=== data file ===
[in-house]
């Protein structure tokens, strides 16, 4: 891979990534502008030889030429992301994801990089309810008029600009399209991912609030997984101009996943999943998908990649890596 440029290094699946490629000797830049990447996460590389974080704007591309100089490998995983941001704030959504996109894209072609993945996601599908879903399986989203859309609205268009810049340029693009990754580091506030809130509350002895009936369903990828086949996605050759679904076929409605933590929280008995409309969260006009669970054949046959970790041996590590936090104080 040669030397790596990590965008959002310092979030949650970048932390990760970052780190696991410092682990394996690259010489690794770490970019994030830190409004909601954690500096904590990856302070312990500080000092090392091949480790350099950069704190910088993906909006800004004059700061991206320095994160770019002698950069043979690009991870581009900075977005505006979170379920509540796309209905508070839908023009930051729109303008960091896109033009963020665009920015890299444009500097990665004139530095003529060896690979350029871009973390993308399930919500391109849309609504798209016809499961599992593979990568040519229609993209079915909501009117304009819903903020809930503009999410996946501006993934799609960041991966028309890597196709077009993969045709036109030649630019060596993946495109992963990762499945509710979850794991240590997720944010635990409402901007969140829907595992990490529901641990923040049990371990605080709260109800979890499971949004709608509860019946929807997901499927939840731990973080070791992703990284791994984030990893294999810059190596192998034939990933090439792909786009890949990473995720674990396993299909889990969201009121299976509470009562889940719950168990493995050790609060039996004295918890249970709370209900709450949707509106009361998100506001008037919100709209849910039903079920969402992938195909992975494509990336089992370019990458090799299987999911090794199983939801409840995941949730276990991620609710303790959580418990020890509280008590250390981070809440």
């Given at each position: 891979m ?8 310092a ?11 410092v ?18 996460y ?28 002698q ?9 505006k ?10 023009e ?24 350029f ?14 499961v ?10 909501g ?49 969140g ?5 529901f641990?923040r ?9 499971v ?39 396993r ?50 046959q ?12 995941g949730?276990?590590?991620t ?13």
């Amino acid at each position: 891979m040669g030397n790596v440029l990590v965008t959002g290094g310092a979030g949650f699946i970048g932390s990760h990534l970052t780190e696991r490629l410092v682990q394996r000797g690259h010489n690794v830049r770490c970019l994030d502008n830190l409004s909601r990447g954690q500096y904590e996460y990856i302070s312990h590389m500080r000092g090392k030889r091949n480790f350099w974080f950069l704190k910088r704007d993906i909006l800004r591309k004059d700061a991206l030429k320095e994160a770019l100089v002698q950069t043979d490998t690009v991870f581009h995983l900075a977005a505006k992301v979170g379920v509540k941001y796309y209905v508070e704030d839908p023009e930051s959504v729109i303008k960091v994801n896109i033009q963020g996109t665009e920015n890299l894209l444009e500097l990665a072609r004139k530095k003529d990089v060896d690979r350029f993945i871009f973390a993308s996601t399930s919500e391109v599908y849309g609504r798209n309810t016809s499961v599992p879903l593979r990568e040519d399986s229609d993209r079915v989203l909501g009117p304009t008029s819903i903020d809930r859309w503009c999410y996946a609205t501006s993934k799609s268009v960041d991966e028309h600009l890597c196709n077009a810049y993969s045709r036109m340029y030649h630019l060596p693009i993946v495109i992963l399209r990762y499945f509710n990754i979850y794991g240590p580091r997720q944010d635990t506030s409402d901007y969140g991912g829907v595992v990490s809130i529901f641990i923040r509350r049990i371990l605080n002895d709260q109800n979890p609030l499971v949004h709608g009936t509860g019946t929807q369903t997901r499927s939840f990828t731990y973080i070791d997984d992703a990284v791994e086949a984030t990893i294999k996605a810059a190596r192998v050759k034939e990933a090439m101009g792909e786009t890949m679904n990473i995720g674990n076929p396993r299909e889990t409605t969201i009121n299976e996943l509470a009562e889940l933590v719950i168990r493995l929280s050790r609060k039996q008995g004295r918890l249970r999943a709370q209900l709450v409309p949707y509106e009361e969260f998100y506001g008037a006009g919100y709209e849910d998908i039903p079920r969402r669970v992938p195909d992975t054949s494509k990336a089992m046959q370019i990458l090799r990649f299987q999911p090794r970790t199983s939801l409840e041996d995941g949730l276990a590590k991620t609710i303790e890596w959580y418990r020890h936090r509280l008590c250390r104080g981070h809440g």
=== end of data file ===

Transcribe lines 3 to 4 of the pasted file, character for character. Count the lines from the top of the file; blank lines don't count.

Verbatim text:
């Given at each position: 891979m ?8 310092a ?11 410092v ?18 996460y ?28 002698q ?9 505006k ?10 023009e ?24 350029f ?14 499961v ?10 909501g ?49 969140g ?5 529901f641990?923040r ?9 499971v ?39 396993r ?50 046959q ?12 995941g949730?276990?590590?991620t ?13």
């Amino acid at each position: 891979m040669g030397n790596v440029l990590v965008t959002g290094g310092a979030g949650f699946i970048g932390s990760h990534l970052t780190e696991r490629l410092v682990q394996r000797g690259h010489n690794v830049r770490c970019l994030d502008n830190l409004s909601r990447g954690q500096y904590e996460y990856i302070s312990h590389m500080r000092g090392k030889r091949n480790f350099w974080f950069l704190k910088r704007d993906i909006l800004r591309k004059d700061a991206l030429k320095e994160a770019l100089v002698q950069t043979d490998t690009v991870f581009h995983l900075a977005a505006k992301v979170g379920v509540k941001y796309y209905v508070e704030d839908p023009e930051s959504v729109i303008k960091v994801n896109i033009q963020g996109t665009e920015n890299l894209l444009e500097l990665a072609r004139k530095k003529d990089v060896d690979r350029f993945i871009f973390a993308s996601t399930s919500e391109v599908y849309g609504r798209n309810t016809s499961v599992p879903l593979r990568e040519d399986s229609d993209r079915v989203l909501g009117p304009t008029s819903i903020d809930r859309w503009c999410y996946a609205t501006s993934k799609s268009v960041d991966e028309h600009l890597c196709n077009a810049y993969s045709r036109m340029y030649h630019l060596p693009i993946v495109i992963l399209r990762y499945f509710n990754i979850y794991g240590p580091r997720q944010d635990t506030s409402d901007y969140g991912g829907v595992v990490s809130i529901f641990i923040r509350r049990i371990l605080n002895d709260q109800n979890p609030l499971v949004h709608g009936t509860g019946t929807q369903t997901r499927s939840f990828t731990y973080i070791d997984d992703a990284v791994e086949a984030t990893i294999k996605a810059a190596r192998v050759k034939e990933a090439m101009g792909e786009t890949m679904n990473i995720g674990n076929p396993r299909e889990t409605t969201i009121n299976e996943l509470a009562e889940l933590v719950i168990r493995l929280s050790r609060k039996q008995g004295r918890l249970r999943a709370q209900l709450v409309p949707y509106e009361e969260f998100y506001g008037a006009g919100y709209e849910d998908i039903p079920r969402r669970v992938p195909d992975t054949s494509k990336a089992m046959q370019i990458l090799r990649f299987q999911p090794r970790t199983s939801l409840e041996d995941g949730l276990a590590k991620t609710i303790e890596w959580y418990r020890h936090r509280l008590c250390r104080g981070h809440g």